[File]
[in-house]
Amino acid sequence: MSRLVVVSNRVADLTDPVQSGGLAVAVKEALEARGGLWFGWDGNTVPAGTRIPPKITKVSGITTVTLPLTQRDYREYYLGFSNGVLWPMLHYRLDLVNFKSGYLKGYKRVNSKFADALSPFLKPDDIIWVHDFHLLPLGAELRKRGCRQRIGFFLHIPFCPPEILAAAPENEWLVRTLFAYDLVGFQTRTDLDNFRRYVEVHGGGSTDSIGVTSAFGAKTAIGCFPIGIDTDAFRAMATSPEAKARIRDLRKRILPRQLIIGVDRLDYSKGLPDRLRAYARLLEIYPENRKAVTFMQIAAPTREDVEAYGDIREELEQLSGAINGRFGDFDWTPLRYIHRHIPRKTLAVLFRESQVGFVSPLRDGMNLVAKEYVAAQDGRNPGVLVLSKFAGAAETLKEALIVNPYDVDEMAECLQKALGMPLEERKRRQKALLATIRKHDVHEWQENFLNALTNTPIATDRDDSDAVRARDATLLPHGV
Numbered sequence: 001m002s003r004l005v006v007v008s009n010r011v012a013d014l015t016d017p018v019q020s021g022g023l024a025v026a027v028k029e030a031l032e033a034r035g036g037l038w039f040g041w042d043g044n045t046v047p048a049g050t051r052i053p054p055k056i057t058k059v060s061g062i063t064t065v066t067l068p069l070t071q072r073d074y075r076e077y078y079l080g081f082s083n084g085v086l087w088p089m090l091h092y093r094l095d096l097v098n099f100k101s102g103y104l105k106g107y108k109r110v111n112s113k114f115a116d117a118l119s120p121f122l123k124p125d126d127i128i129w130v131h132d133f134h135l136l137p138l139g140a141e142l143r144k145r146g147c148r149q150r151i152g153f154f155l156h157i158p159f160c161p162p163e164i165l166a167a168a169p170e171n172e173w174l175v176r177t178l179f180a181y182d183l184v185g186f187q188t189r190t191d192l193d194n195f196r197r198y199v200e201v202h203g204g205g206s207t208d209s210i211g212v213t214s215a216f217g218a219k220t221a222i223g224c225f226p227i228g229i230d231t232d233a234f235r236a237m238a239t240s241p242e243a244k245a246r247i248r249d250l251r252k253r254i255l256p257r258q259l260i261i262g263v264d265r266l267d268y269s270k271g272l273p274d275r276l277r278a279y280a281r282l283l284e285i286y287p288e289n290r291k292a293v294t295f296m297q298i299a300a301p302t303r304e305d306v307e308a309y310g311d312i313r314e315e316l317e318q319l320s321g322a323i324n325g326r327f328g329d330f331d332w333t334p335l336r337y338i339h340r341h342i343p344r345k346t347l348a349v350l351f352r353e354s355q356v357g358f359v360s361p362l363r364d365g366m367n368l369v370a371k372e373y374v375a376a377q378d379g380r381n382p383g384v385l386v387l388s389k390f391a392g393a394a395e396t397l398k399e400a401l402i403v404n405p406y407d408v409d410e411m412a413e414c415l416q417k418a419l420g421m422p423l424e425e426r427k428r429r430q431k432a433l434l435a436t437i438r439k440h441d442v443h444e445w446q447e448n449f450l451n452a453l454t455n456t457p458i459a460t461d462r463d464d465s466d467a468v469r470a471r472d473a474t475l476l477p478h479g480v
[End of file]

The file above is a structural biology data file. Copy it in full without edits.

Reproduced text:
[in-house]
Amino acid sequence: MSRLVVVSNRVADLTDPVQSGGLAVAVKEALEARGGLWFGWDGNTVPAGTRIPPKITKVSGITTVTLPLTQRDYREYYLGFSNGVLWPMLHYRLDLVNFKSGYLKGYKRVNSKFADALSPFLKPDDIIWVHDFHLLPLGAELRKRGCRQRIGFFLHIPFCPPEILAAAPENEWLVRTLFAYDLVGFQTRTDLDNFRRYVEVHGGGSTDSIGVTSAFGAKTAIGCFPIGIDTDAFRAMATSPEAKARIRDLRKRILPRQLIIGVDRLDYSKGLPDRLRAYARLLEIYPENRKAVTFMQIAAPTREDVEAYGDIREELEQLSGAINGRFGDFDWTPLRYIHRHIPRKTLAVLFRESQVGFVSPLRDGMNLVAKEYVAAQDGRNPGVLVLSKFAGAAETLKEALIVNPYDVDEMAECLQKALGMPLEERKRRQKALLATIRKHDVHEWQENFLNALTNTPIATDRDDSDAVRARDATLLPHGV
Numbered sequence: 001m002s003r004l005v006v007v008s009n010r011v012a013d014l015t016d017p018v019q020s021g022g023l024a025v026a027v028k029e030a031l032e033a034r035g036g037l038w039f040g041w042d043g044n045t046v047p048a049g050t051r052i053p054p055k056i057t058k059v060s061g062i063t064t065v066t067l068p069l070t071q072r073d074y075r076e077y078y079l080g081f082s083n084g085v086l087w088p089m090l091h092y093r094l095d096l097v098n099f100k101s102g103y104l105k106g107y108k109r110v111n112s113k114f115a116d117a118l119s120p121f122l123k124p125d126d127i128i129w130v131h132d133f134h135l136l137p138l139g140a141e142l143r144k145r146g147c148r149q150r151i152g153f154f155l156h157i158p159f160c161p162p163e164i165l166a167a168a169p170e171n172e173w174l175v176r177t178l179f180a181y182d183l184v185g186f187q188t189r190t191d192l193d194n195f196r197r198y199v200e201v202h203g204g205g206s207t208d209s210i211g212v213t214s215a216f217g218a219k220t221a222i223g224c225f226p227i228g229i230d231t232d233a234f235r236a237m238a239t240s241p242e243a244k245a246r247i248r249d250l251r252k253r254i255l256p257r258q259l260i261i262g263v264d265r266l267d268y269s270k271g272l273p274d275r276l277r278a279y280a281r282l283l284e285i286y287p288e289n290r291k292a293v294t295f296m297q298i299a300a301p302t303r304e305d306v307e308a309y310g311d312i313r314e315e316l317e318q319l320s321g322a323i324n325g326r327f328g329d330f331d332w333t334p335l336r337y338i339h340r341h342i343p344r345k346t347l348a349v350l351f352r353e354s355q356v357g358f359v360s361p362l363r364d365g366m367n368l369v370a371k372e373y374v375a376a377q378d379g380r381n382p383g384v385l386v387l388s389k390f391a392g393a394a395e396t397l398k399e400a401l402i403v404n405p406y407d408v409d410e411m412a413e414c415l416q417k418a419l420g421m422p423l424e425e426r427k428r429r430q431k432a433l434l435a436t437i438r439k440h441d442v443h444e445w446q447e448n449f450l451n452a453l454t455n456t457p458i459a460t461d462r463d464d465s466d467a468v469r470a471r472d473a474t475l476l477p478h479g480v